April 27, 2015

Sell Whatsoever You Have and Give to the Poor

From Apocalypse Explained ~ Emanuel Swedenborg
...There are spiritual temptations which those undergo who receive genuine charity from the Lord; for such must fight against the evils that are in every man from birth, and some must fight against the falsities that they have imbibed from childhood from masters and preachers respecting faith alone. These falsities and evils are removed by the combats of temptations. This is what is meant by the "cross" in the following passages:
Jesus said, He that doth not take up his cross and follow after Me is not worthy of Me (Matt. 10:38; Luke 14:27). 
Jesus said to His disciples, If anyone will come after Me let him deny himself, take up his cross, and follow Me (Matt. 16:24; Mark 8:34; Luke 9:23).
In these passages the "cross" means temptations, and "to follow the Lord" means to acknowledge His Divine and to do His commandments. ... The "cross" means temptations because the evils and the falsities therefrom that cling to man from his birth infest and thus torment those who are natural when they are becoming spiritual. And as those evils and their falsities that infest and torment can be dispersed only by temptations, temptations are signified by the "cross." Therefore the Lord says, that "they must deny themselves and take up their cross," that is, that they must reject what is their own, "their cross" meaning what is man's own [proprium], against which he must fight.

Jesus spake to the rich man who asked Him what he should do to inherit eternal life. Jesus said to him, Thou knowest the commandments: Thou shalt not commit adultery; Thou shalt not kill; Thou shalt not steal; Thou shalt not bear false witness; Thou shalt not defraud; Honor thy father and mother. He answered and said unto Him, All these things have I observed from my youth. Jesus looked upon him and loved him; yet He said unto him, One thing thou lackest; go, sell whatsoever thou hast and give to the poor; so shalt thou have treasure in the heavens; and come, follow Me, taking up the cross (Mark 10:17-21).

Here "to follow the Lord and to take up the cross" - to acknowledge the Lord's Divine, and the Lord as the God of heaven and earth; for without that acknowledgment no one can abstain from evils and do good except from self and as meritorious good, for the good that is good in itself and that is not meritorious good is solely from the Lord; consequently he cannot be saved unless the Lord is acknowledged, and it is acknowledged that all good is from Him. And yet before anyone can act from the Lord he must undergo temptations, for the reason that the internal of man, by which he is conjoined with heaven, is opened by means of temptations. And because no one can do the commandments apart from the Lord, therefore the Lord said, "Yet one thing thou lackest; sell all that thou hast and follow Me, taking up the cross;" that is, the Lord must be acknowledged and temptations must be endured. That "he should sell all that he had and give to the poor" signifies in the spiritual sense that he should alienate and cast away from himself what is his own [proprium], thus it has the same signification as "denying oneself" in the passages quoted above; and "to give to the poor" signifies in the spiritual sense to do the works of charity. The Lord said this to him because he was rich; and "riches" signify in the spiritual sense the knowledges of good and truth, and with this man, who was a Jew, the knowledges of evil and falsity, since they were traditions. From this it can be seen that the Lord, here as elsewhere, spake by correspondences.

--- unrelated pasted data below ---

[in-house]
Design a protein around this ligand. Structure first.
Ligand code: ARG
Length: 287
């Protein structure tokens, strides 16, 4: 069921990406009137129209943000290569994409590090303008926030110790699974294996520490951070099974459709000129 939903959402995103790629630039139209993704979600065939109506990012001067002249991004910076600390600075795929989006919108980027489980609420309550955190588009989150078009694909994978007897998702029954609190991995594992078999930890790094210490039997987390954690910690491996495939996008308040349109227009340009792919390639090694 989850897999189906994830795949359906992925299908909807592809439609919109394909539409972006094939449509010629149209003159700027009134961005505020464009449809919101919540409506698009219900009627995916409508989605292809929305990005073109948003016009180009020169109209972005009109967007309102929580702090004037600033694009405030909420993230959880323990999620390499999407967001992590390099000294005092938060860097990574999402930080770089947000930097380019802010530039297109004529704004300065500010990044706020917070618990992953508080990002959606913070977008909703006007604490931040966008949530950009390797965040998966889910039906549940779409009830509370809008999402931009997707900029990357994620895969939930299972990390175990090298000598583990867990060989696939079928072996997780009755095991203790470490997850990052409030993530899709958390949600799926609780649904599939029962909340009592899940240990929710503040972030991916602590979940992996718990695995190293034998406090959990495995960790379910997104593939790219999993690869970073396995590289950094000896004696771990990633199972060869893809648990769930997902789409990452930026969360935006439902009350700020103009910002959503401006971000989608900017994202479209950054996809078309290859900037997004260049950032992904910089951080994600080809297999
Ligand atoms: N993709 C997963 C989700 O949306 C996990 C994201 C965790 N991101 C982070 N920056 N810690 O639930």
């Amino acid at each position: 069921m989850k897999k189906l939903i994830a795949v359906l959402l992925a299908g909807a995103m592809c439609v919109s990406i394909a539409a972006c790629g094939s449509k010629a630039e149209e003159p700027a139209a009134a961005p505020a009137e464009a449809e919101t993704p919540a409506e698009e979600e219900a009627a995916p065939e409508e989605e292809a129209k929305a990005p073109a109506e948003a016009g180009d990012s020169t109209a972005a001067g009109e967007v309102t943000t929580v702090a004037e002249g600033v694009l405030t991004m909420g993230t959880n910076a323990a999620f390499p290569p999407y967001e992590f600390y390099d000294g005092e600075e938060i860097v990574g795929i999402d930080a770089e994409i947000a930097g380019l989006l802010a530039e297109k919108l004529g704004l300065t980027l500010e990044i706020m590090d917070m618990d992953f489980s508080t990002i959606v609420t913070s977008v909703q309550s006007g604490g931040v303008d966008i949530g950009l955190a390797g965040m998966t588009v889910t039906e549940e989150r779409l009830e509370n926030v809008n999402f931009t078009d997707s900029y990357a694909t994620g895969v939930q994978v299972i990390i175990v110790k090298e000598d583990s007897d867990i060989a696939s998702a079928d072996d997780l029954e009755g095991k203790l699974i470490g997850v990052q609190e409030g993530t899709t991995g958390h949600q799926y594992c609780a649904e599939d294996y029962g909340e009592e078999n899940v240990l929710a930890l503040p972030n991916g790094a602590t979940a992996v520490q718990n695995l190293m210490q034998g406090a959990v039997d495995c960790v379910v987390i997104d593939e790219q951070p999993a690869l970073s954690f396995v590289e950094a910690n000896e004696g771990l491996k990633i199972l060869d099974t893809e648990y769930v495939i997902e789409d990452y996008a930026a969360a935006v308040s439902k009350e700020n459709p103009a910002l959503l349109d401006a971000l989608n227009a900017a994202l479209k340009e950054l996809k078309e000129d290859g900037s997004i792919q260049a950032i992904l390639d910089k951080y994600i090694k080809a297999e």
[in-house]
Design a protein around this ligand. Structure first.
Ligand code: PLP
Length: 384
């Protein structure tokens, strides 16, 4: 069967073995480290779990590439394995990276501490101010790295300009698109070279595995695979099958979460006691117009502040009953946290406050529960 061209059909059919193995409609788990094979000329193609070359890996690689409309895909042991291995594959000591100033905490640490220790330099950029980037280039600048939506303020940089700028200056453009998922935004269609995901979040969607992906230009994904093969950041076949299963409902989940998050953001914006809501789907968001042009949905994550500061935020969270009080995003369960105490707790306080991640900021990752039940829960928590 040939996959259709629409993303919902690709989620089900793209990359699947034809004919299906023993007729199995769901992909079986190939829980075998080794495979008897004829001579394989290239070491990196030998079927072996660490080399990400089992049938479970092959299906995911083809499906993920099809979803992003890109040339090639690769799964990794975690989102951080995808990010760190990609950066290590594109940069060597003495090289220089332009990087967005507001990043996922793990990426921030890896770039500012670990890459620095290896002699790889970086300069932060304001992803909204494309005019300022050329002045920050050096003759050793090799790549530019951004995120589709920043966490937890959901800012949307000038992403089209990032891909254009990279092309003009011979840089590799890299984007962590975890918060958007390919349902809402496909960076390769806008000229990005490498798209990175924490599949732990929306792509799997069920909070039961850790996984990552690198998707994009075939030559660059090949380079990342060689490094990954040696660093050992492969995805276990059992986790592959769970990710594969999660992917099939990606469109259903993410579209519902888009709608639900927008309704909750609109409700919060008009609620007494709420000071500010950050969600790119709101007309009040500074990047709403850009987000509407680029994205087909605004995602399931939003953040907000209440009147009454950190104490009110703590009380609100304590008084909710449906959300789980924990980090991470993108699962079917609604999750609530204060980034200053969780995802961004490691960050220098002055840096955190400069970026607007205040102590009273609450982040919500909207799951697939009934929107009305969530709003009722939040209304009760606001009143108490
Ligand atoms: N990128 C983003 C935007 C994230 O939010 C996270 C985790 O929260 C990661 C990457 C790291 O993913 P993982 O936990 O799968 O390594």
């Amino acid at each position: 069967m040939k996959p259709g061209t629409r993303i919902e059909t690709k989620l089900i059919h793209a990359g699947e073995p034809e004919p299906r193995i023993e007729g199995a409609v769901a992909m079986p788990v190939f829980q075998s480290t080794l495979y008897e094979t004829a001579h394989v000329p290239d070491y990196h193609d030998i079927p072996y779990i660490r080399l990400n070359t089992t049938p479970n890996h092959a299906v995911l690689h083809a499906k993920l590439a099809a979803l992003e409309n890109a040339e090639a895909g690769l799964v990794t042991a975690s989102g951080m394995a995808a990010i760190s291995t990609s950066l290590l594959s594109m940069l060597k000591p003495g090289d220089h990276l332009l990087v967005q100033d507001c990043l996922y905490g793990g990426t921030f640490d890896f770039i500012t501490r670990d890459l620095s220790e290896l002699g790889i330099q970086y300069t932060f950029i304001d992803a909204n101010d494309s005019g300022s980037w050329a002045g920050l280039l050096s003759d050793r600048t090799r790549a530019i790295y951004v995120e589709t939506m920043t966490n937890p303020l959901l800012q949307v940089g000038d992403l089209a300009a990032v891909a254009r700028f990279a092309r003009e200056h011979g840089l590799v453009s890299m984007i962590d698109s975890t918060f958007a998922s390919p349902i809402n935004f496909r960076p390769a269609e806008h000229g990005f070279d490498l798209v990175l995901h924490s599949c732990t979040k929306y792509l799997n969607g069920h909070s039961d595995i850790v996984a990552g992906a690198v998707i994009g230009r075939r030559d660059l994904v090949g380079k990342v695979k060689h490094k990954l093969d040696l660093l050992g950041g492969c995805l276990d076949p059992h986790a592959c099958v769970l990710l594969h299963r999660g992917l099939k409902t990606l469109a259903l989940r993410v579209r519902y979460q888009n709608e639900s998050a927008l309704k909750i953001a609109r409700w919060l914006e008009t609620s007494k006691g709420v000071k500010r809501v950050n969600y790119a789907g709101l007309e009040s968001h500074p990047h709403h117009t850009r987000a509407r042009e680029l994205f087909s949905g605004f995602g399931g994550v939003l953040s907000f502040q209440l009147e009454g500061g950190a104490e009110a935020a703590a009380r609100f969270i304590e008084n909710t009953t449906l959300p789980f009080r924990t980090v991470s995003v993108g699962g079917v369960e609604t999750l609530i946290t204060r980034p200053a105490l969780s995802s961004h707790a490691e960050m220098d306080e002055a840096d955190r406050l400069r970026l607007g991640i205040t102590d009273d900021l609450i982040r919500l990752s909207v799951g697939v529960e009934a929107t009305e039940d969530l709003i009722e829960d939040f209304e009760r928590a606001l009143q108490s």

Again, temptations are signified by the "cup" of which they were to drink:
Jesus said unto James and John, Ye know not what ye ask. Are ye able to drink the cup that I drink, and to be baptized with the baptism that I am baptized with? They said unto Him, We are able. And Jesus said to them, The cup that I drink ye shall indeed drink, and with the baptism that I am baptized with shall ye be baptized; but to sit on My right hand or on My left is not Mine to give, but for whom it hath been prepared (Mark 10:38-40).
"To drink the cup that the Lord drank" has the same signification that the "cross" has above, namely, to undergo temptations; and "the baptism with which the Lord was baptized" signifies to be regenerated by temptations. But between the cup which the Lord drank and the cup which they are to drink there is the same difference as between the temptations of the Lord and the temptations of men. The temptations of the Lord were most grievous, and against all the hells; for the Lord subjugated all the hells by means of the temptations admitted into Himself; but the temptations of men are against evils and falsities that are from the hells with them, and in these the Lord and not man himself fights, except against certain painful feelings. There is a like difference between the baptism with which the Lord was baptized and the baptism with which men are baptized as there is between glorification and regeneration. By means of temptations the Lord glorified His Human by His own power, but men are regenerated, not by their own power but by the Lord; for "baptism" signifies to be regenerated by temptations, but the Lord's baptism signifies the glorification of His Human by temptations.

(Apocalypse Explained 893:3-5)